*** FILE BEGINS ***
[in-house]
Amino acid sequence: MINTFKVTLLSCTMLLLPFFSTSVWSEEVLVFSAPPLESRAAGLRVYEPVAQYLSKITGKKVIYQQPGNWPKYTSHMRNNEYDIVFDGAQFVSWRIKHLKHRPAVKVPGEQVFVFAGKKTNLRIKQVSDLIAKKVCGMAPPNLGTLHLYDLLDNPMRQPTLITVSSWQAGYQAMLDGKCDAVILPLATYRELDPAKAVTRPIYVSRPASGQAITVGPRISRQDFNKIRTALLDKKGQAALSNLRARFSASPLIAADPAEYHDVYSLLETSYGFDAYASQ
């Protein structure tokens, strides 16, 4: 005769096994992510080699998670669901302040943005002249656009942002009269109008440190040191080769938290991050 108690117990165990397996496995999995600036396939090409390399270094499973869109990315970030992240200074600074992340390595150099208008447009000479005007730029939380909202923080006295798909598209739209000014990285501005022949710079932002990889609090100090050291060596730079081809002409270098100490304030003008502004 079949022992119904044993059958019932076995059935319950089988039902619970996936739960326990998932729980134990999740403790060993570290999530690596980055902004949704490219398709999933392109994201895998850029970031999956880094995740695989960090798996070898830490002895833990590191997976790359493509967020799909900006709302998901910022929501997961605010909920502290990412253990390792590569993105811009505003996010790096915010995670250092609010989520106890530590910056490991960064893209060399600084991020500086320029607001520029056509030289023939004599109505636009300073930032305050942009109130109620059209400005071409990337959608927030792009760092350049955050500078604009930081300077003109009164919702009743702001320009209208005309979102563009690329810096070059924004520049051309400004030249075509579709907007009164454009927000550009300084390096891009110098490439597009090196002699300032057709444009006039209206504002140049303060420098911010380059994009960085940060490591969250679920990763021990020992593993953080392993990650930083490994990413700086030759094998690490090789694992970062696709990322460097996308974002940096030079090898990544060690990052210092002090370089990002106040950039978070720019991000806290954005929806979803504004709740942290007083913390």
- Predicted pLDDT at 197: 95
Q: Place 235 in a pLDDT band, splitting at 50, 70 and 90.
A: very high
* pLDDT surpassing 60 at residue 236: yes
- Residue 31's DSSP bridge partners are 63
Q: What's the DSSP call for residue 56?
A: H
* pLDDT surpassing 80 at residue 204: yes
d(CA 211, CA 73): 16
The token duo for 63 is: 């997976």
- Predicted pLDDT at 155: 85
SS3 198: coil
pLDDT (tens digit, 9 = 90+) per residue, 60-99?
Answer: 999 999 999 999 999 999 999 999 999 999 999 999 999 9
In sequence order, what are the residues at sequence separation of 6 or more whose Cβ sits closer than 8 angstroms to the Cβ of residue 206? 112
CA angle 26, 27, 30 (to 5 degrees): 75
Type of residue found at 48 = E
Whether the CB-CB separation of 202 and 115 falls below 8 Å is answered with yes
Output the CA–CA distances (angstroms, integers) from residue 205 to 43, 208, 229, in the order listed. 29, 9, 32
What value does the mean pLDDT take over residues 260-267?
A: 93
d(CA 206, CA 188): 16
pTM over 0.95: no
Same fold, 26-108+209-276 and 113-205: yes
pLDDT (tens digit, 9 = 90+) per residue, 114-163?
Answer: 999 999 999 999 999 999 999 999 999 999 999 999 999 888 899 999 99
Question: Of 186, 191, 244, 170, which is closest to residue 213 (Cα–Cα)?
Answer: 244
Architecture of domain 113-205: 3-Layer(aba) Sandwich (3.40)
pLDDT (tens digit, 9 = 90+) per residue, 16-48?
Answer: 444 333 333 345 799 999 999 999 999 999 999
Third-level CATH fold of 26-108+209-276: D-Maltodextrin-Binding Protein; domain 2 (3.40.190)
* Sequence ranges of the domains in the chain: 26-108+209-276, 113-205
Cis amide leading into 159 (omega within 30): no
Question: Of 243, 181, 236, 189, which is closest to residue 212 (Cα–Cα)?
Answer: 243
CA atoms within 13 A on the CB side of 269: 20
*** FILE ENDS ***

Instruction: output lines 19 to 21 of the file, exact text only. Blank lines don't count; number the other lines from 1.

CA angle 26, 27, 30 (to 5 degrees): 75
Type of residue found at 48 = E
Whether the CB-CB separation of 202 and 115 falls below 8 Å is answered with yes